A cleanout is an optional opening that makes it easier to access and clear the pipes below your sink drain. Cleanouts often look like “dead ends” in the normal pipe.
The Parts of a Faucet
Just like you can’t have a functioning sink without a drain, the standard bathroom or kitchen sink would be much less useful without a faucet. Here are the essential parts of a faucet you’ll find in almost every sink:
The escutcheon is the part of a faucet that covers the point where the basin and faucet meet. This piece gives the sink a clean appearance and hides the faucet’s inner workings, including water supply hook-ups and screws.
The spout is the part of a faucet that carries water from the plumbing below up to the faucet head. A spout can be long or short. Many sinks feature stylized spouts that are just as decorative as they are functional.
An aerator is a very fine mesh screen located at the end of a faucet head. Aerators are largely used to reduce the rate that water leaves the faucet and can reduce splashing.
Faucet controls can take on many forms: Handle, knob, lever, and more. These controls are used to control the rate and temperature of the water coming out of the faucet head.
If your sink features a built-in stopper, the faucet controls will likely include a small lever that raises and lowers the stopper.
Compression couplings are used for many different plumbing purposes. In the case of a sink faucet, a compression coupling connects the cold water line and hot water line to a single fixture.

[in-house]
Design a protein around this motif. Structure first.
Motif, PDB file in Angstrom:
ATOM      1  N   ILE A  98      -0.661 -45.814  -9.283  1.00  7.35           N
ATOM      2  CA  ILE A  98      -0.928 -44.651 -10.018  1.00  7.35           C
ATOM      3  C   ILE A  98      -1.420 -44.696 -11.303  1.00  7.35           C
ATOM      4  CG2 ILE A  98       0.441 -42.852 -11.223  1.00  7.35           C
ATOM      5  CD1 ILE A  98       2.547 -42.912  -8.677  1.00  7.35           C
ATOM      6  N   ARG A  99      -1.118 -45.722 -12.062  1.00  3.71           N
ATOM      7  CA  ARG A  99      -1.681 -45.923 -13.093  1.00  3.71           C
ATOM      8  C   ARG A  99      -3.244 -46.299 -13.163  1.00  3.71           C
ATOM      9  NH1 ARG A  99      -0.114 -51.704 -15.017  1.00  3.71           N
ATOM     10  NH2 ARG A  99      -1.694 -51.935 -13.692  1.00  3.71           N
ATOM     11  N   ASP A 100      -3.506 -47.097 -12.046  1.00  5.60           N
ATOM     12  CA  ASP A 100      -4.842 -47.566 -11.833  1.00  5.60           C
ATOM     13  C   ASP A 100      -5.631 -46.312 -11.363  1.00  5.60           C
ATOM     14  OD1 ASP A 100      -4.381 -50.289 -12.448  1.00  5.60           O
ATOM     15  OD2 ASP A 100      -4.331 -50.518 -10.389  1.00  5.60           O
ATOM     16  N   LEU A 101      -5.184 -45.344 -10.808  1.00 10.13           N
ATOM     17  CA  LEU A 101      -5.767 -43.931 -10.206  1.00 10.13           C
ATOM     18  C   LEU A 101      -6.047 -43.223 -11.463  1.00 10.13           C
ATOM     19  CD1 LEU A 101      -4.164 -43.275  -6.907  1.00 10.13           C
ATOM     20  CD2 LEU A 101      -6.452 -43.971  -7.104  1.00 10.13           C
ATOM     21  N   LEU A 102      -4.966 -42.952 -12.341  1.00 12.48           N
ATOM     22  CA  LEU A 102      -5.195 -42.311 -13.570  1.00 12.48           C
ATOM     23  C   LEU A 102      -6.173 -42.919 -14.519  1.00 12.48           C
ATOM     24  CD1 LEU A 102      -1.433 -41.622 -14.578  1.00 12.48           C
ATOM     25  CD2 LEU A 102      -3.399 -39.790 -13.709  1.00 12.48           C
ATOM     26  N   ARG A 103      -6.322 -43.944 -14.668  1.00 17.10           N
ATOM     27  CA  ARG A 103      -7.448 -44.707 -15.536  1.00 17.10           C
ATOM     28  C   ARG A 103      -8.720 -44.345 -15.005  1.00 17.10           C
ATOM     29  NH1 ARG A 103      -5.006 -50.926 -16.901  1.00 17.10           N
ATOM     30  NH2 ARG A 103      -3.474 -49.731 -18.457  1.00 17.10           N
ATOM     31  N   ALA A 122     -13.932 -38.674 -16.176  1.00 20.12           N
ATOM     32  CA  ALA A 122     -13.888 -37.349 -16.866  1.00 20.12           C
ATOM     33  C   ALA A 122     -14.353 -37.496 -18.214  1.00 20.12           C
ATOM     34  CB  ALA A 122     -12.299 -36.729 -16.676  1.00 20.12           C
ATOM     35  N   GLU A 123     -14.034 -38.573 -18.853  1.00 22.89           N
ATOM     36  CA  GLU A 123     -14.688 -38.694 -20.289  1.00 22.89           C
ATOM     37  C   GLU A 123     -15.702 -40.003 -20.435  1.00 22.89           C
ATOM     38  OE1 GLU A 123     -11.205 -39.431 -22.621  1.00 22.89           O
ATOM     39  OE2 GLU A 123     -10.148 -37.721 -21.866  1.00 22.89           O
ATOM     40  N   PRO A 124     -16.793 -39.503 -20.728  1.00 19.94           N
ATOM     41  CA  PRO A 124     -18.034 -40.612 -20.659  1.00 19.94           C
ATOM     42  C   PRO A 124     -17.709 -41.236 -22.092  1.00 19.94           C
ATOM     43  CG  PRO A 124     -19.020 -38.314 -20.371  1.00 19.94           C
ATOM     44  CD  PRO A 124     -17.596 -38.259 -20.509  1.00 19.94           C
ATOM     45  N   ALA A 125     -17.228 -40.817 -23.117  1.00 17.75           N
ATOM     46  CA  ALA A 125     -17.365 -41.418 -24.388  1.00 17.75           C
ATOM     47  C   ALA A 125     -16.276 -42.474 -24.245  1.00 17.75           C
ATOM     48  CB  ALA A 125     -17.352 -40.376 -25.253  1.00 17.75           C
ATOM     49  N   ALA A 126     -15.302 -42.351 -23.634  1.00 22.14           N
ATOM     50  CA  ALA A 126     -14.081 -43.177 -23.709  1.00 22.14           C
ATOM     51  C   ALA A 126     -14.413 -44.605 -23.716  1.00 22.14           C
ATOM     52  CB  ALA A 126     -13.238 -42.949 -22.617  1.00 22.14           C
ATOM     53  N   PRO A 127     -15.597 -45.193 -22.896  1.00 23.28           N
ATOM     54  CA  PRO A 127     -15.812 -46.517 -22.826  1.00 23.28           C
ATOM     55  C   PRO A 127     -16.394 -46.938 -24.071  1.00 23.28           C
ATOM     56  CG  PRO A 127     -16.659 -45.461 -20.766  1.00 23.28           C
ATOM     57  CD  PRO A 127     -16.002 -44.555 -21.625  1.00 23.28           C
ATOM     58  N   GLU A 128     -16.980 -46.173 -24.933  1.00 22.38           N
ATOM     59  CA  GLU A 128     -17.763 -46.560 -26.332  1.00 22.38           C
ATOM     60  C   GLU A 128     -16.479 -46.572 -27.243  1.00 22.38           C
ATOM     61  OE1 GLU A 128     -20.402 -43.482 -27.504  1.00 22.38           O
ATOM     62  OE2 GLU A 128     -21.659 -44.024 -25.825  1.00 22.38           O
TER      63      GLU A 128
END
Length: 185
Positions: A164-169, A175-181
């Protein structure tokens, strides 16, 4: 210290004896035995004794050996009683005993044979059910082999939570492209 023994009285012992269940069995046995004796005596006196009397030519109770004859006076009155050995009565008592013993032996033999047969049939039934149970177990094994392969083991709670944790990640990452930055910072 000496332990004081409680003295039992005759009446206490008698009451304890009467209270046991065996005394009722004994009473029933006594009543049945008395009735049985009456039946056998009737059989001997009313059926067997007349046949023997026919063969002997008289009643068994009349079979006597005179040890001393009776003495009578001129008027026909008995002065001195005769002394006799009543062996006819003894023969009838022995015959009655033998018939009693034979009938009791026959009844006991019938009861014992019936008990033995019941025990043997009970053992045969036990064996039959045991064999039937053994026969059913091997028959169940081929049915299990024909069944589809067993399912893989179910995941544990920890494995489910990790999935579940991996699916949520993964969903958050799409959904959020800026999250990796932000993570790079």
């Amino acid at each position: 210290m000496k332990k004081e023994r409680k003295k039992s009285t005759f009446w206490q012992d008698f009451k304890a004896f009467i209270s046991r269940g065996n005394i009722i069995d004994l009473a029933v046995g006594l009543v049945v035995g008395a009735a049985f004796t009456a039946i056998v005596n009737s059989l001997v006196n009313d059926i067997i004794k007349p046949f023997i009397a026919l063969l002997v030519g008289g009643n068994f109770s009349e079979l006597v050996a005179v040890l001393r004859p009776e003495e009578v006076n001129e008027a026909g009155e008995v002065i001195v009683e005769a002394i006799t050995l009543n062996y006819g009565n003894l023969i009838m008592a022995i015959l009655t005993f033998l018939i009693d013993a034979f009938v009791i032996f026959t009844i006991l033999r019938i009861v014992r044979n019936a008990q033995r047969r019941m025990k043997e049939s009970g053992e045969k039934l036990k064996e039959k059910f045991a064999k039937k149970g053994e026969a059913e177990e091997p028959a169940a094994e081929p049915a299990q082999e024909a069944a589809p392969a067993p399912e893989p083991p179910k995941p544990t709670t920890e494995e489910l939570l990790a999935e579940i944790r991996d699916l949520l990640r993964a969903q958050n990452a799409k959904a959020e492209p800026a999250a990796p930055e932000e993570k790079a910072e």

Optional Parts of a Kitchen Sink
Contemporary kitchens feature a wide range of gadgets and gizmos that make day-to-day life a little easier. And many of these elements are installed as add-ons to the standard kitchen sink.
Dishwasher Drain Hose
Anyone who has remodeled a kitchen or bathroom knows how important it is to consolidate plumbing. Most kitchens feature a dishwasher that drains into the existing sink plumbing.
The dishwasher drain hose carries wastewater from the dishwasher to the pipe underneath your kitchen sink.
While it’s best to install a dishwasher as close to the kitchen sink as possible, dishwasher drain hoses can be extended as far as 12 feet if necessary.
A garbage disposal is a system installed under a kitchen sink that breaks up food scraps and other organic waste so it can be washed down the drain.
Using a garbage disposal can help prevent clogs in your kitchen sink. It’s also slightly more sustainable than throwing kitchen scraps in a standard garbage bin.
Garbage disposals are often installed separately from the kitchen sink as a whole. Almost all sinks can be equipped with garbage disposal if desired.
A sprayer head is an additional water source attached to a flexible hose rather than a stationary faucet. While sprayer heads are typically separate from the main faucet, both units connect to the same water source and cannot be used simultaneously.
Some kitchen sinks feature faucet heads that can be pulled out to reveal a sprayer hose. This two-in-one solution is more compact and aesthetically pleasing than a standalone sprayer.
You don’t need to be an expert plumber to take care of your home. But knowing the various parts of a sink can save you from the stress and confusion caused by everyday problems like drips, leaks, and clogs.
Which sink parts were you already familiar with? Are there any sink parts you didn’t know existed until now? Let us know in the comments below!